Torrejonian-Tiffanian Transition of North American Western Interior
Boyer standing East of the Crazy Mountains, Montana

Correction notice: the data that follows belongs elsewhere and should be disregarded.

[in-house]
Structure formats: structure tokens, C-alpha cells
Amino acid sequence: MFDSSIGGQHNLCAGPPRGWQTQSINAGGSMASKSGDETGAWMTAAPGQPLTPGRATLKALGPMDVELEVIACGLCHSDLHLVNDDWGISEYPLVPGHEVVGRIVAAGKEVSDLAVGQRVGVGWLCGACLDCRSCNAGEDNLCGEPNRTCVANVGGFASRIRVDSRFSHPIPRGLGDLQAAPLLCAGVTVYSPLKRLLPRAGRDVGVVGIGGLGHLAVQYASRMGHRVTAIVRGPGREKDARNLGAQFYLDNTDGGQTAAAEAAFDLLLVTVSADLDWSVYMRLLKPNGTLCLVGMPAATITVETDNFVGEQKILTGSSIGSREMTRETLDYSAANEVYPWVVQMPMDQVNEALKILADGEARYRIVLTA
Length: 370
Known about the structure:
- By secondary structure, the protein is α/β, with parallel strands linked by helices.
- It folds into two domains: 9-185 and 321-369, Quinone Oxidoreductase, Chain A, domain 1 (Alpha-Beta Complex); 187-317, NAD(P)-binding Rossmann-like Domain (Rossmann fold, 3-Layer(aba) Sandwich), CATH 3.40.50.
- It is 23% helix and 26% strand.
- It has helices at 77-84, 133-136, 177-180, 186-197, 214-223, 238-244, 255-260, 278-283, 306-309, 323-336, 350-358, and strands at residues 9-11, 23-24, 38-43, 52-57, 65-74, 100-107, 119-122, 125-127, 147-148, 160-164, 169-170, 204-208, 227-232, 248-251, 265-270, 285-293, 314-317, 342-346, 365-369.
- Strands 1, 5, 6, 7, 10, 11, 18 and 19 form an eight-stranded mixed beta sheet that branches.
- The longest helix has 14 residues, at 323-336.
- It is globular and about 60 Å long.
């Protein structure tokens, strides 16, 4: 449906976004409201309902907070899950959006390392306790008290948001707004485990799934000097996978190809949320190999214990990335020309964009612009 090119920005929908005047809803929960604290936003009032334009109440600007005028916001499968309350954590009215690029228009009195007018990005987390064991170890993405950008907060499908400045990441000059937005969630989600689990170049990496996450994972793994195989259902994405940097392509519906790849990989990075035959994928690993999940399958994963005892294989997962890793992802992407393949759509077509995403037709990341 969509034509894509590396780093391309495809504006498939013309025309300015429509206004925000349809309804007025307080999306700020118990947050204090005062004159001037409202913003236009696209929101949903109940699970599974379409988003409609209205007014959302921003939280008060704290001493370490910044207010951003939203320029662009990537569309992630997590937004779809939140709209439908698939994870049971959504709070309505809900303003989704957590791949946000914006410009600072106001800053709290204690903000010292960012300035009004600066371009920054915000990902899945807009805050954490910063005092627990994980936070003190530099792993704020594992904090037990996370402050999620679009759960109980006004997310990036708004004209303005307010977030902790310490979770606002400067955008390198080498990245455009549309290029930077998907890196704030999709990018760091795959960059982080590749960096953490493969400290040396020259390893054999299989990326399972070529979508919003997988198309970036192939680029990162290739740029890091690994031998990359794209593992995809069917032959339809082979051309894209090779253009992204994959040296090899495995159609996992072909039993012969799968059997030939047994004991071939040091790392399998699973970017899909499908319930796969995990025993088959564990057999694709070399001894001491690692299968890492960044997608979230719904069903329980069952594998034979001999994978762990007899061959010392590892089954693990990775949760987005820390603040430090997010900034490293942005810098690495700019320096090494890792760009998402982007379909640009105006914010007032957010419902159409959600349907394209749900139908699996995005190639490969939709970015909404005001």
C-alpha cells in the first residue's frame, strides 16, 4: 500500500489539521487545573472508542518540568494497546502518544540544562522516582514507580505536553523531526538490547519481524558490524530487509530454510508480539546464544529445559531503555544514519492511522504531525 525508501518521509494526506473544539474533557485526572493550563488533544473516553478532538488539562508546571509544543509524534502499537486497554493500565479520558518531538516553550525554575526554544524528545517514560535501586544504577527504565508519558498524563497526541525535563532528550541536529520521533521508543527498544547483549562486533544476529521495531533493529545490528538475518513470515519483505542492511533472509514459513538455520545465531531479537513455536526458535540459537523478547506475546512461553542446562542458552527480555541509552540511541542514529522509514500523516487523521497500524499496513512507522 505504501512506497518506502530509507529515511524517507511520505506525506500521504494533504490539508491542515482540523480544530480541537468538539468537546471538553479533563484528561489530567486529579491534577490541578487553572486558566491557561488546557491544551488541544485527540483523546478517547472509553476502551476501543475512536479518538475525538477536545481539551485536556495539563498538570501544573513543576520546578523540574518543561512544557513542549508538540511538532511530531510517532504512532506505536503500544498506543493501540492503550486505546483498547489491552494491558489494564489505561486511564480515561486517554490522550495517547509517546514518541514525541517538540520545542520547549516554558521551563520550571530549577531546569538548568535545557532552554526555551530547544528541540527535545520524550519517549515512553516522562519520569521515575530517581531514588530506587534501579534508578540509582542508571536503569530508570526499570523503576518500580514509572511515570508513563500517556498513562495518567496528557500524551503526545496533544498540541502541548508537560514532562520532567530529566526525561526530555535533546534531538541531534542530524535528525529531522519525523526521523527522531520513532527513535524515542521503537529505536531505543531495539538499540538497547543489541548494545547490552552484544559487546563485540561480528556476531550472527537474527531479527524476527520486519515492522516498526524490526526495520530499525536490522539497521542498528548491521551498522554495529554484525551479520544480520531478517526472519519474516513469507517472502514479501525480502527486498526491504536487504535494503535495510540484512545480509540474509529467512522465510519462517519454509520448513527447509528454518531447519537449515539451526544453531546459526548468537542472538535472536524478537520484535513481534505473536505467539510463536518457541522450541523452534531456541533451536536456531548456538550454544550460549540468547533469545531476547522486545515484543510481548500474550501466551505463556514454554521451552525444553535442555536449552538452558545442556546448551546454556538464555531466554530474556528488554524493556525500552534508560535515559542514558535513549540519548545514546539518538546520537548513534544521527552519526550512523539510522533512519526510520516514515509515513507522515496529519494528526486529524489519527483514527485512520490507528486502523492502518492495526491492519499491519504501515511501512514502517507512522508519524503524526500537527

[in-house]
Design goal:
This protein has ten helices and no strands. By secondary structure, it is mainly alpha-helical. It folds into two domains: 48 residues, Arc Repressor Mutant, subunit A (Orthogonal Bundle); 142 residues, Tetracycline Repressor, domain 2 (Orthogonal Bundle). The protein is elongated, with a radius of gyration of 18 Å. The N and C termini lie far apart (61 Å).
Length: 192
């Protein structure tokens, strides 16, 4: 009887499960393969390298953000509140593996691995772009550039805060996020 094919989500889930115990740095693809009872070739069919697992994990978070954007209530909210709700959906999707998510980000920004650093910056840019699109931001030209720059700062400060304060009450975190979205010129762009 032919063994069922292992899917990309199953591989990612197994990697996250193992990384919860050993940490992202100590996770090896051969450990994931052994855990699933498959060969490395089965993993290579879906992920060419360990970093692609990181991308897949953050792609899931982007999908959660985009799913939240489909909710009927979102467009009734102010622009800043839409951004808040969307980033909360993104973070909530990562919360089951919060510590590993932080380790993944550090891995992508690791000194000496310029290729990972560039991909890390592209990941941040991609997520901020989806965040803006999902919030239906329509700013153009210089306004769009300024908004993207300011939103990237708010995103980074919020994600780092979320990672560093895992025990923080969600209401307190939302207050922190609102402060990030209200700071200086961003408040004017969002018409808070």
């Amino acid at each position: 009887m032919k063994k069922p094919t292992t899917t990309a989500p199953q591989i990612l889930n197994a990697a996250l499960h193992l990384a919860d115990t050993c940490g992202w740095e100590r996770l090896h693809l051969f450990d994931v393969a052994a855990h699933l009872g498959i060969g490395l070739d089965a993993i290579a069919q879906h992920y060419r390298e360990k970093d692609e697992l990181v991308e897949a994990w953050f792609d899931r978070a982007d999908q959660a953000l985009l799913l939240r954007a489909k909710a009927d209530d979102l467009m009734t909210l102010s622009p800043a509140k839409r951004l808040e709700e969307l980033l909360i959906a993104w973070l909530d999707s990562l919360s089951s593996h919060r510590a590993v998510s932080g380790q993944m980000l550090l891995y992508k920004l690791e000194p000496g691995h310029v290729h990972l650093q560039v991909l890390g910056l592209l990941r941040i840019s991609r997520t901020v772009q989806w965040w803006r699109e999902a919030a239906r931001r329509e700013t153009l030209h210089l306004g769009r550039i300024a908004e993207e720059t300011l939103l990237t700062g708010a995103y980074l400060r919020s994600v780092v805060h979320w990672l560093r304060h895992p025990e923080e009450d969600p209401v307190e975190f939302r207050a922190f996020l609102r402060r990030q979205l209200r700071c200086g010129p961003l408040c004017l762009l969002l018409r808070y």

The period of interest can be referred to as the Early-Late Paleocene transition. The Paleocene (65-55 mya) represents the first ecologic boom time for mammals. Once the dinosaurs went extinct, there was nowhere to go but up for the meek mammals that existed prior to dinosaur extinctions. Thus mammalian ecological diversity appears to have steadily increased through this period. Although much is known about the Early Paleocene and the Late Paleocene, little of the “middle” Paleocene transition is known. Given the dearth of information on the transitional interval itself, hypotheses regarding the nature and mechanism of this change have not yet been thoroughly addressed. The major hypothesis that cooling and aridification during the Late Paleocene lead to biological diversity drops, southern migrations and range constrictions, as well as somewhat more directional evolution leading to “pseudoextinction” of many taxa. However, even our initial results and re-consideration of existing data are beginning to question these perspectives. New discoveries of certain mammalian groups suggest “mixing” more than “shifting” of ranges as there is beginning to be ample evidence of northward migrations as well (St. Clair et al. 2010). To begin evaluating such suspicions in more detail we need to complete sampling at the richest known Early-Late Paleocene transition quarry discovered by us in 2005 (Donald Quarry) and to begin studying these new samples in depth.